Working from home, and speaking to colleagues, clients, friends or family over digital platforms has shown us just how easy it is to stay connected, but also how imperative it is to our health to learn how, and when, to disconnect. Unlike pre-pandemic times, when life was often a mish-mash of both digital and face-to-face interactions, the privilege of having in-person contact was abruptly taken away – suddenly making it a rare and precious commodity. Going forward, we feel guests will opt to be more present, putting away their devices to engage in the now.
That’s why we developed Palatino’s “The Disconnect Box” to help them do just that.
One of the many things we will have learned from this crisis is just how easy it is to stay in touch and communicate with team members across the globe, or even across the neighbourhood, sitting in their own homes. Thanks to various digital communication platforms, many of which we also rely on daily at Palatino, cooperation and inter-communication is able to flow freely, and safely, amongst teams. It’s easy to stay connected. History has proved it is much harder for us to disconnect.
However, this pandemic has reinforced even more than ever the value of knowing when, and how, to disconnect – perhaps something that wasn’t so vital to do before this. ‘Work from Home’ (WFH) challenged us to communicate more concisely, more authentically, more relevantly, through new means. Via video conferencing, co-workers suddenly revealed the backdrop of their homes and an instant sense of intimacy was established. The revealing of one’s penchant for scalloped edged pillowcases, the black & white wedding photos lining one’s bookcase, or in many instances (at least in our home), the unknowing toddler stumbling across the room. These candid moments and raw settings highlight that regardless of whether we are speaking to a CEO, a fellow team member, or a relative, we are all in this together. We are all human.
And with these realist-tinted glasses, comes the strength to admit the humanistic need to step back and disconnect. The idea of being ‘switched on’ 24/7 is no longer a sign of strength, just as busyness is no longer deemed as a sign of success.
Lo and behold, the demand for ‘The Disconnect Box’ – a symbolic box to rest (and charge) one’s devices, locked away for temporary safekeeping while we reconnect with each other and ourselves. It facilitates that time to think. Instead of scrolling emails, the news, or social media, our thumbs are relieved of their duties to immerse ourselves in non-stop content. Instead, we are forced into the present.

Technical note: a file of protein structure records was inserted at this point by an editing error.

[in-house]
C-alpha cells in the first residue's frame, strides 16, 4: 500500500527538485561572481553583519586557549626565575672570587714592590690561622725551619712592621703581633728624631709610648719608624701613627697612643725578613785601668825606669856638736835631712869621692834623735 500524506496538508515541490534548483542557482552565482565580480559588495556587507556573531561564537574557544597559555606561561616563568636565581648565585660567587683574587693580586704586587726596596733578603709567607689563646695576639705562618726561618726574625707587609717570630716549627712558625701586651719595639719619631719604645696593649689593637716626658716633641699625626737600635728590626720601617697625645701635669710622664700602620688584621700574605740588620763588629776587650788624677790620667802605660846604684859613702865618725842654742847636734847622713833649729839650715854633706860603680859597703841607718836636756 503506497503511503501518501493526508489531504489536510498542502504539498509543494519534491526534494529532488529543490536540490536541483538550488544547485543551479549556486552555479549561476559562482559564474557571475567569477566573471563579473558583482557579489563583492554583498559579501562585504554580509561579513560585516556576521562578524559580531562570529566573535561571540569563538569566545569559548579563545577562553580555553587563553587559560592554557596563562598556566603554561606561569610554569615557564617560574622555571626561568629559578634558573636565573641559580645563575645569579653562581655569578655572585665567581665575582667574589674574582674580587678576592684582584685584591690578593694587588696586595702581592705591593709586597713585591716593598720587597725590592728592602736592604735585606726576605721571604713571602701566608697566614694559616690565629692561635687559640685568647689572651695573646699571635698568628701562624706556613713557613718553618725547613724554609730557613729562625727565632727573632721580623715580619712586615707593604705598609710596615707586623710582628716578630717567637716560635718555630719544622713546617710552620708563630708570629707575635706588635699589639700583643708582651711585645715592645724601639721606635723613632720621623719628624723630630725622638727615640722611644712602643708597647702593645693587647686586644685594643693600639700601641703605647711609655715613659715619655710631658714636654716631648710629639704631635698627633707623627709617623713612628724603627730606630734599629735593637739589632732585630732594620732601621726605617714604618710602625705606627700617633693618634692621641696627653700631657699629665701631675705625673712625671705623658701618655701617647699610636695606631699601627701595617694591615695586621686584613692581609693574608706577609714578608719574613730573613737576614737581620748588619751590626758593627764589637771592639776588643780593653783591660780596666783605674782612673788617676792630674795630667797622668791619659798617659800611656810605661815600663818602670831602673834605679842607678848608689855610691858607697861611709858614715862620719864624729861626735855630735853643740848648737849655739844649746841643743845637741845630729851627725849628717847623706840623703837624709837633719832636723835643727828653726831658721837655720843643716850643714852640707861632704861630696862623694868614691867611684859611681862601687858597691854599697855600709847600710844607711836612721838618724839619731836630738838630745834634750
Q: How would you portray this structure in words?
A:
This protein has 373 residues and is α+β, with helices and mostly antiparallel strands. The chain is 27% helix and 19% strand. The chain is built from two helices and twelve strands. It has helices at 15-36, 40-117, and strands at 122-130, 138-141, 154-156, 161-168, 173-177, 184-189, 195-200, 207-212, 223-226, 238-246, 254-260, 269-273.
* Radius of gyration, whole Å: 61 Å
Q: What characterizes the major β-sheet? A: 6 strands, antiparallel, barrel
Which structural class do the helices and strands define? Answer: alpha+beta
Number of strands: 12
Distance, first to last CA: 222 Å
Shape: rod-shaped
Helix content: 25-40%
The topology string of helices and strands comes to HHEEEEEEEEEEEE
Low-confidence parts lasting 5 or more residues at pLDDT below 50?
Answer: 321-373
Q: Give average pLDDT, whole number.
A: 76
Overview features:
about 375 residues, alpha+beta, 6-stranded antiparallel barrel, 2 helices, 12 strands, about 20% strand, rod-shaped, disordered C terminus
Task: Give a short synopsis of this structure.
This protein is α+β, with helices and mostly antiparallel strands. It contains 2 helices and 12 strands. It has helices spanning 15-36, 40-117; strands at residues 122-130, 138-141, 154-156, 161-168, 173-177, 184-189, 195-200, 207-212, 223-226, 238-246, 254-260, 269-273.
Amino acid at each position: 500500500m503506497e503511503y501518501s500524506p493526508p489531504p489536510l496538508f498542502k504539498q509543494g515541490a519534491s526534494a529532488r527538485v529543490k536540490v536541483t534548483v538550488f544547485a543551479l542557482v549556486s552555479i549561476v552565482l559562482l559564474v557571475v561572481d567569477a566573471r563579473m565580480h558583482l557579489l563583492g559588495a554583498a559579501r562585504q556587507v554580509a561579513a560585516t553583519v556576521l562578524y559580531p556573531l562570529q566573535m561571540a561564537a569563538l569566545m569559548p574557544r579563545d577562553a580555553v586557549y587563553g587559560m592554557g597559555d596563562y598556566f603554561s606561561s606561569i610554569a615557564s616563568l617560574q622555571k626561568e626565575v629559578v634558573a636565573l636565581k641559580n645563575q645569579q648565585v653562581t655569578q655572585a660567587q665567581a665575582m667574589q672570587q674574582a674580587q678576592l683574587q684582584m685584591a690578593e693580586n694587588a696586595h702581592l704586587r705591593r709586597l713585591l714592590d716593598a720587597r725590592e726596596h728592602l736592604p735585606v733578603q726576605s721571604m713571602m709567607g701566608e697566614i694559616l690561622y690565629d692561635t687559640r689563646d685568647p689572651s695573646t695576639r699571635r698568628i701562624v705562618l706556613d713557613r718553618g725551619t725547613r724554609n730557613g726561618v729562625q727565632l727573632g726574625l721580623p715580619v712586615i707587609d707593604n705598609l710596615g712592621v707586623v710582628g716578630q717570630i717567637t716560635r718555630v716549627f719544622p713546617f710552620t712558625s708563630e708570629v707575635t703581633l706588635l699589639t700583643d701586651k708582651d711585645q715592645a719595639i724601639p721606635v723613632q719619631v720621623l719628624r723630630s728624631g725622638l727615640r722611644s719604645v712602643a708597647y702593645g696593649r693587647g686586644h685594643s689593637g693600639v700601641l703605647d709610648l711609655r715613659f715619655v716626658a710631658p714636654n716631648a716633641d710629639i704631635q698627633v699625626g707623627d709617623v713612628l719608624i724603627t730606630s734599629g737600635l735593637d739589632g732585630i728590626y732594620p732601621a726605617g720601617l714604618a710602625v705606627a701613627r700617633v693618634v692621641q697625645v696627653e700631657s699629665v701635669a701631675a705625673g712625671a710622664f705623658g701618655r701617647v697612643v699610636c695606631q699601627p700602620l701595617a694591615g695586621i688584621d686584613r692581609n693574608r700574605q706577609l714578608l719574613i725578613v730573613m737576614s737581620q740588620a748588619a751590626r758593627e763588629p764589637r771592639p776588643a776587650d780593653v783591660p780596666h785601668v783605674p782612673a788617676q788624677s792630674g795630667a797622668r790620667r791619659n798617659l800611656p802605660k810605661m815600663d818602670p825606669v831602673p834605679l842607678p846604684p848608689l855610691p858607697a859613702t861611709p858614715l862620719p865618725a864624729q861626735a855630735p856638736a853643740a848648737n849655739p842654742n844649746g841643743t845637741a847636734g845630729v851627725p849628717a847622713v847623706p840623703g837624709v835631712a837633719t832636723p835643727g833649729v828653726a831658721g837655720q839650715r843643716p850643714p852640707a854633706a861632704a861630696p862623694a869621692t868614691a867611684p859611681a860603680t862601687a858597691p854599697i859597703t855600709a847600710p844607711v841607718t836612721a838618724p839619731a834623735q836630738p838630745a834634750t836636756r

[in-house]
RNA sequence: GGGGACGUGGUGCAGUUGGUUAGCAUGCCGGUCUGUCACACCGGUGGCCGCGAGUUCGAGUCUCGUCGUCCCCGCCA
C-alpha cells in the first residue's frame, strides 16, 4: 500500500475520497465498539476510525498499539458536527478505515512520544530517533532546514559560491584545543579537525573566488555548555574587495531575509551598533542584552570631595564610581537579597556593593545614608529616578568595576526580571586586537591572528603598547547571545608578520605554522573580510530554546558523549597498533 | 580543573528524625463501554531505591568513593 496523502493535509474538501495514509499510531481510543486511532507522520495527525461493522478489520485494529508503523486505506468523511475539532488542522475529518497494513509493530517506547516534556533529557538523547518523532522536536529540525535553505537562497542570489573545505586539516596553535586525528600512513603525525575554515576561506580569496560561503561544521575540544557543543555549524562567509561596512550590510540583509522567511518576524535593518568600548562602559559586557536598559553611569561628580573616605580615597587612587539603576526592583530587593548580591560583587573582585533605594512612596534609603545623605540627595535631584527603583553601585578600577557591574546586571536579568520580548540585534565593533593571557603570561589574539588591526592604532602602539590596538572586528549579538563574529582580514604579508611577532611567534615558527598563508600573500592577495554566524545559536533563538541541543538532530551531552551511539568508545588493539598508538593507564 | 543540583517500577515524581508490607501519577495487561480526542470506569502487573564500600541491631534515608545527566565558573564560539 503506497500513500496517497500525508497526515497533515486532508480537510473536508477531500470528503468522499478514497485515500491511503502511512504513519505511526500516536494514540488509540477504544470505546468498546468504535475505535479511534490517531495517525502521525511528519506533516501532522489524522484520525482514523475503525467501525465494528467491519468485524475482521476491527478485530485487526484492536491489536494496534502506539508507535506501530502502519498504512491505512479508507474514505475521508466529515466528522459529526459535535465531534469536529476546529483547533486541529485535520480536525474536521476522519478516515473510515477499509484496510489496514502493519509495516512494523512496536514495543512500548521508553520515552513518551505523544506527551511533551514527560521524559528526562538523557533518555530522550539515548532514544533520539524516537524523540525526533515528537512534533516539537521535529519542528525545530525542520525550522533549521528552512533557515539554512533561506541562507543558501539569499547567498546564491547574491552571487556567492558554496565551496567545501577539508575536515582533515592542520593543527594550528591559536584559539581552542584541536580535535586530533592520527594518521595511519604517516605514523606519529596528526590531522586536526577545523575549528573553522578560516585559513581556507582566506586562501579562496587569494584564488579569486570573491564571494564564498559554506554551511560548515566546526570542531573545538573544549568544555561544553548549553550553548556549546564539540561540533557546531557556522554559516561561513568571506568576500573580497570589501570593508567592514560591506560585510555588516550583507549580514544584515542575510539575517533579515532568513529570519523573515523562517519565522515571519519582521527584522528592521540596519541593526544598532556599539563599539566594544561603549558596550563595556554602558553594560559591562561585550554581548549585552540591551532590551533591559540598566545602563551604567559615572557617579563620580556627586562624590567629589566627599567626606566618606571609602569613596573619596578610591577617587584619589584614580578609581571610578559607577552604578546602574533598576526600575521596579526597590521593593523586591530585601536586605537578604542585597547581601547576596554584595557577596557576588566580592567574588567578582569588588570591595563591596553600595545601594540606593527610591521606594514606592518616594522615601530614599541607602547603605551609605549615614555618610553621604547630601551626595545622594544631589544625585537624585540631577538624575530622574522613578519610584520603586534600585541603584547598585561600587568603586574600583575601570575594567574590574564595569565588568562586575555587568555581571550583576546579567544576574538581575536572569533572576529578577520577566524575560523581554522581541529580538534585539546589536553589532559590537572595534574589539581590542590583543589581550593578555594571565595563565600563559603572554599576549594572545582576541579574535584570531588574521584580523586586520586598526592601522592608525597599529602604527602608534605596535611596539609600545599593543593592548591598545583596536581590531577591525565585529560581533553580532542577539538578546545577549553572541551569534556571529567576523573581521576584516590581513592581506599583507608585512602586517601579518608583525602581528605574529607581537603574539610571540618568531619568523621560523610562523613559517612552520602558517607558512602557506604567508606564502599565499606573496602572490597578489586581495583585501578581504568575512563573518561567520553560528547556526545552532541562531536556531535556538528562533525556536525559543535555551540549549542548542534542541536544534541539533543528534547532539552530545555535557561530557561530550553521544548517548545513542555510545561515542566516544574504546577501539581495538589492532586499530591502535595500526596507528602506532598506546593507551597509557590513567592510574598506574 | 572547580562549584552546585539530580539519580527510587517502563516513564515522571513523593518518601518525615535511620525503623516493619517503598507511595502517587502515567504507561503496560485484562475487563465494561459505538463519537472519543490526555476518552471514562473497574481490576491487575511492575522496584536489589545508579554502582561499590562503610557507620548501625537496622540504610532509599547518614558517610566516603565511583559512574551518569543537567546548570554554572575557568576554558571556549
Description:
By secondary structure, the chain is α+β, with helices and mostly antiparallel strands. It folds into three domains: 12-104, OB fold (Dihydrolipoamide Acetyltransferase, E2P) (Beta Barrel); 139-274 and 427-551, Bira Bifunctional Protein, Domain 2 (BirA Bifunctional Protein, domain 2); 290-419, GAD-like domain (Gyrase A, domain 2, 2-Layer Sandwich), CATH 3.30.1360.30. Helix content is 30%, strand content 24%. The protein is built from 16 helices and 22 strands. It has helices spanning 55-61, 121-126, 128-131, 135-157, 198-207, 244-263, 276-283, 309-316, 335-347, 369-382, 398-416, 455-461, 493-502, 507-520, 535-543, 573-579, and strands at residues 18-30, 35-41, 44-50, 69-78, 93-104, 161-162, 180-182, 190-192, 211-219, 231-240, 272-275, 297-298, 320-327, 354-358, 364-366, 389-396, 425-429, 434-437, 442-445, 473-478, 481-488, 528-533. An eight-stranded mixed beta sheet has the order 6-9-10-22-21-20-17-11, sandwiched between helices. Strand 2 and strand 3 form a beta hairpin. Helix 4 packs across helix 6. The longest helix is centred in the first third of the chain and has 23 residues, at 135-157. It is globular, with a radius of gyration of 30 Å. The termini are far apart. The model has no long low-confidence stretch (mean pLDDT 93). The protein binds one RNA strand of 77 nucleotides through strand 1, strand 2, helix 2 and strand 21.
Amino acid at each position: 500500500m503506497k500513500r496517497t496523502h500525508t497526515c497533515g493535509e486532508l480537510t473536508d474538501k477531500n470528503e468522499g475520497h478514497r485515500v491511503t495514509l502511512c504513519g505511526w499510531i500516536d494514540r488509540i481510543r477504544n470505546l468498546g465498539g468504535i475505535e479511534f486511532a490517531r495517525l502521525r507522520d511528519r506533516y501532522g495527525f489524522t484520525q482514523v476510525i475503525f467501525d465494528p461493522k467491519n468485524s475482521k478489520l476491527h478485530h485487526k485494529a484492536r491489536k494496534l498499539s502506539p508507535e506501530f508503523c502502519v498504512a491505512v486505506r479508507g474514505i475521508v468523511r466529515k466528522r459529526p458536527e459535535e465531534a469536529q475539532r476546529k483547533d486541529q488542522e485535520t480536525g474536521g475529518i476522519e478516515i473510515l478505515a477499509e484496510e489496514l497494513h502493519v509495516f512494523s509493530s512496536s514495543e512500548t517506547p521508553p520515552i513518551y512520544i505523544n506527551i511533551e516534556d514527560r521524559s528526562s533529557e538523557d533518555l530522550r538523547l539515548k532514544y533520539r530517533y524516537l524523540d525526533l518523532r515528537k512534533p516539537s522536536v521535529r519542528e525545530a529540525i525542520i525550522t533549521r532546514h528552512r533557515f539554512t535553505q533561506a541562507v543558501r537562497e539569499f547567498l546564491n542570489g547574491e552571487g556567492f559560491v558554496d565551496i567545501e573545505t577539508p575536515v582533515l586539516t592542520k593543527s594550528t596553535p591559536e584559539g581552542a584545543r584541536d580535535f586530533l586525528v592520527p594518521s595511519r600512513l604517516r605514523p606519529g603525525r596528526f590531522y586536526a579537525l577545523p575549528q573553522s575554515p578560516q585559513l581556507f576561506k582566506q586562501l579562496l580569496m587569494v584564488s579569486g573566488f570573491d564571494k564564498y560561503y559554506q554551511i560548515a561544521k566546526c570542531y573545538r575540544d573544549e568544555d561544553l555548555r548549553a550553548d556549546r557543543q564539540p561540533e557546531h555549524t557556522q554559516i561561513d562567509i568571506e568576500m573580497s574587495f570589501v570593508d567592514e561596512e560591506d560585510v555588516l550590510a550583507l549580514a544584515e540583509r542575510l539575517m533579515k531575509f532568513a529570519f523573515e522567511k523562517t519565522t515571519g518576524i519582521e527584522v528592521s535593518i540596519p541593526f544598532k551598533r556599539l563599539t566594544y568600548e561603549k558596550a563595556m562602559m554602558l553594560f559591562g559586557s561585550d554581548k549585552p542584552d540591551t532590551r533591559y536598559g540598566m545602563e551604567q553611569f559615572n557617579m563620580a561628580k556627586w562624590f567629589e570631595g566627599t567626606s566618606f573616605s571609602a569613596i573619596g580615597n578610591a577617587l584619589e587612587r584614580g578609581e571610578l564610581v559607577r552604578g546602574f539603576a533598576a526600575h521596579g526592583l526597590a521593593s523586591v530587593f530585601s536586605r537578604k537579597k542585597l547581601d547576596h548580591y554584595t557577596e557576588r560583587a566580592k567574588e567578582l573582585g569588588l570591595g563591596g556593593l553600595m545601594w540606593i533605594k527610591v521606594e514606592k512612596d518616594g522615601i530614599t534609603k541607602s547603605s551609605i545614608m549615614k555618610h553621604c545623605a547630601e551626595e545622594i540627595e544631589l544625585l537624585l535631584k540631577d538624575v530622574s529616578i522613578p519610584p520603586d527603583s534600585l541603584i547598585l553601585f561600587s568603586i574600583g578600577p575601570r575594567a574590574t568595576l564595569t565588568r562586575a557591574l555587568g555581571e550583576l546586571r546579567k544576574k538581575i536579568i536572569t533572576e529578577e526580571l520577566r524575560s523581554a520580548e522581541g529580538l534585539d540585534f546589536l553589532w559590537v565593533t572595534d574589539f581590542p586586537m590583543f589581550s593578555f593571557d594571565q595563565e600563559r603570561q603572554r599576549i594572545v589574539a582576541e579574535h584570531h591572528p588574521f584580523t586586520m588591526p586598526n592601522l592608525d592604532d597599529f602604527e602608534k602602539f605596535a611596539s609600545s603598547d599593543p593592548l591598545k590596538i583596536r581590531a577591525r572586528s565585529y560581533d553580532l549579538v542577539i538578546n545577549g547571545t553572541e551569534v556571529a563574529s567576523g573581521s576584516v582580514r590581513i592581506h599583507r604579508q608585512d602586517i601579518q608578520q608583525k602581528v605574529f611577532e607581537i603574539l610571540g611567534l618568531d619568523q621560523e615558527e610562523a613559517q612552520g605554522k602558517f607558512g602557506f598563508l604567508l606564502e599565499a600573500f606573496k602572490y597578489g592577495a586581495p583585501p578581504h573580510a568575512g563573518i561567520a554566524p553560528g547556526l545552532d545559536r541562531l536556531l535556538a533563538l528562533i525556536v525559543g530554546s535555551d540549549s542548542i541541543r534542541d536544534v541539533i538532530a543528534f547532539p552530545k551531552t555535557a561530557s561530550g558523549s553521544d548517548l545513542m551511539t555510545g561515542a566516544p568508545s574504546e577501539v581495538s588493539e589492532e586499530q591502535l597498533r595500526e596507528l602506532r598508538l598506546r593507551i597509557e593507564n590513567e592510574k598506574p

While holidaymakers were once glued to their phones, we feel a new wave of travellers will emerge – those who wish to be on holiday to be 100% on holiday. They will be using a stay in a hotel as an opportunity to disconnect and recharge, particularly after a hard few months in isolation or WFH. The hotel will therefore have the power, and responsibility, to provide the tools to aid disconnection.
‘The Disconnect Box’ is a simple, easy step to move in this direction – it is there if, or when, the guest needs it. It goes without saying that, in true Palatino style, we can make this in any colour, shape, material, or size, with any added unique specifications needed.
But there is so much more hotels can be doing to go above and beyond in fostering this space to unplug from technology and recharge oneself.
Here are just a small fraction of our ideas to share with you; our team remains available to provide our consultation service to help implement these more mindful and comprehensive new measures within your hotel.
Going forward, we predict hotels will certainly be seen as instruments to assist in connecting to oneself and one’s family; a space to connect as a couple or bond as a family. We have seen Adult-Only resorts and we have seen Kid’s Clubs, but we feel there will be a rise in mindfully curated activities for the whole family to partake in and disconnect from the outside world, together.